Station Church Day 31: A Roman basilica devoted to the saint we know as Santa Claus.
Aleteia invites you to a virtual Lenten pilgrimage through Rome’s 42 station churches: one church per day, from February 17 to April 11.
The Basilica of San Nicola in Carcere is one of the oldest diaconias in Rome, already existing in the 6th century. It’s an example of how Christianity enhances and—in this case—incorporates what the pagan world produced.
This medieval church stands in the area of the ancient Forum Holitorium, or vegetable market, and it incorporates into its structure three pagan temples: the Temple of Hope and the Temple of Janus at the sides (several columns are embedded on the lateral walls of the church) and the Temple of Juno Sospita in the center, on top of which most of the church stands.
The basilica was built in 1128 and dedicated to St. Nicholas, bishop of Myra, since a flourishing Greek community lived in the area and was devoted to him. The name in Carcera (“in prison”) is due to the presence of what was thought to be a prison. Stories and legends have flourished on the subject; in reality, the “cells” identified in the excavations were most likely storerooms of money changers.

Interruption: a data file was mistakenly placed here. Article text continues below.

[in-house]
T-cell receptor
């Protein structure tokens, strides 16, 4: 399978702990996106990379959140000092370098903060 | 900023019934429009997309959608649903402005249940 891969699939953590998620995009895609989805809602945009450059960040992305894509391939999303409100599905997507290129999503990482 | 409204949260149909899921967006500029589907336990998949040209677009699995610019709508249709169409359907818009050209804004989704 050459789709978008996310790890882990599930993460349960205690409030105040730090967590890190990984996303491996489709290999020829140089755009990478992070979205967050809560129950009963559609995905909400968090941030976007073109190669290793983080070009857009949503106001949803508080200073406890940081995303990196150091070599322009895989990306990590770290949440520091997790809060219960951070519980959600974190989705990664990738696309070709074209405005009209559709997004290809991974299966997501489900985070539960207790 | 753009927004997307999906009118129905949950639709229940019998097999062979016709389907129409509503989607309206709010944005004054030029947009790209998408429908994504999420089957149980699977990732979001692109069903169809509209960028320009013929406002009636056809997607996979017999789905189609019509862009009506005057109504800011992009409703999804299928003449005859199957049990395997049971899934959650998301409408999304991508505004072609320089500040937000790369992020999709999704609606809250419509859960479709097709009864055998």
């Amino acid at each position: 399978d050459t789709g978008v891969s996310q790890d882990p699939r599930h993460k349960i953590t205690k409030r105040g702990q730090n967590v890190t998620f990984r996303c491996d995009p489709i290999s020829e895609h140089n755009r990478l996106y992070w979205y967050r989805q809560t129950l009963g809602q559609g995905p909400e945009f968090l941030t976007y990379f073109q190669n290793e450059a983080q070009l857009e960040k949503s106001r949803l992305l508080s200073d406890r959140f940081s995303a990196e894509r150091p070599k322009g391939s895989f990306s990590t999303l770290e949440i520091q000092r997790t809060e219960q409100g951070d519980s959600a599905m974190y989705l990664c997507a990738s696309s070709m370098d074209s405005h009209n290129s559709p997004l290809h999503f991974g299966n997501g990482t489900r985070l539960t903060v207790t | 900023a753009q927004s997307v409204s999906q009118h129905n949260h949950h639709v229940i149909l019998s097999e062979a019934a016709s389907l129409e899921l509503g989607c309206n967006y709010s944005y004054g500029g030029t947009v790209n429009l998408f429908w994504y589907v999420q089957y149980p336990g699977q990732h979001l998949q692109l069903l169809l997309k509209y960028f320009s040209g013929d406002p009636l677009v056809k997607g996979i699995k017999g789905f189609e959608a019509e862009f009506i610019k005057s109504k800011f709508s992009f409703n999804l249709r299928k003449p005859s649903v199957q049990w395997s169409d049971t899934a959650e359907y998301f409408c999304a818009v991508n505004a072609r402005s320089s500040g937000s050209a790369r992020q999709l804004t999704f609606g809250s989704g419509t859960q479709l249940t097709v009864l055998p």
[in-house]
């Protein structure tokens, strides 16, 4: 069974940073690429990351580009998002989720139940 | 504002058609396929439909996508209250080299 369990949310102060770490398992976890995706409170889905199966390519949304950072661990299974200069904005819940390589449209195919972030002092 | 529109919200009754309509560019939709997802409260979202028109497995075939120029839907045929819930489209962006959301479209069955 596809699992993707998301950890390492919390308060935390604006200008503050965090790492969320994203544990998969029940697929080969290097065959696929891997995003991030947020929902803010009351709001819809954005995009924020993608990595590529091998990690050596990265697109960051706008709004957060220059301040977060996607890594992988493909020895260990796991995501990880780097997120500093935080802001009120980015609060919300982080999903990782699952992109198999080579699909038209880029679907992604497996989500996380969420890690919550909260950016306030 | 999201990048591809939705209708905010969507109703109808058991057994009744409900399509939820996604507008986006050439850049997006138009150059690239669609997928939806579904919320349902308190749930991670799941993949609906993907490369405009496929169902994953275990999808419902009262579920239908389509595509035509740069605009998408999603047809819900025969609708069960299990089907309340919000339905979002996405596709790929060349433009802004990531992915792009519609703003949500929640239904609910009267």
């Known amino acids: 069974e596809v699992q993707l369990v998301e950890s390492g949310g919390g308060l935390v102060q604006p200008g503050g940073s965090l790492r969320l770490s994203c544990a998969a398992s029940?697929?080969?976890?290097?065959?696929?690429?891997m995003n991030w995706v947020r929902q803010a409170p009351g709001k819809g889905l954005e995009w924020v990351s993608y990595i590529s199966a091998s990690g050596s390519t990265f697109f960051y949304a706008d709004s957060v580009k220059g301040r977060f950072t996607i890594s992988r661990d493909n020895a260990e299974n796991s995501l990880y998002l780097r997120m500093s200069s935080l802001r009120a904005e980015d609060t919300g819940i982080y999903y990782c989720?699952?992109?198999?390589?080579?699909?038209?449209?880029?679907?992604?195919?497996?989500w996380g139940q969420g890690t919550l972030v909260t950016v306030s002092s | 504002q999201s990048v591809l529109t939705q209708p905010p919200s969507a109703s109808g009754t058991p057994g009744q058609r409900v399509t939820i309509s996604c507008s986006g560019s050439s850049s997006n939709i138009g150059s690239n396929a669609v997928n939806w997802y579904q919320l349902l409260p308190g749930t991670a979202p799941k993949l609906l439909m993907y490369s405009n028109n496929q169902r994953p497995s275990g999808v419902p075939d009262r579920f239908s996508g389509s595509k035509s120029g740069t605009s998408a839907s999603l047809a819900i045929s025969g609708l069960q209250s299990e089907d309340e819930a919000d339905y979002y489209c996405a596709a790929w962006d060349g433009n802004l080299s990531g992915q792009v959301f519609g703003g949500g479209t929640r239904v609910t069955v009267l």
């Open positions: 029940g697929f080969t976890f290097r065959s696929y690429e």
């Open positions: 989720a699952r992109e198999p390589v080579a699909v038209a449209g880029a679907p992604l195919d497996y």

Inside the church is kept a wooden crucifix (14th century) that is said to have opened its eyes during a Mass celebrated by St. Gaspare del Bufalo. In a side chapel Our Lady of Guadalupe is venerated. It’s held to be one of the images of Mary that moved its eyes in 1796, during Napoleon’s military campaign in Italy.
O Lord my God, in you I take refuge;save me from all my pursuers, and deliver me,or like a lion they will tear me apart;they will drag me away, with no one to rescue.Psalm 7
* In collaboration with the Social Communications Office of the Vicariate of Rome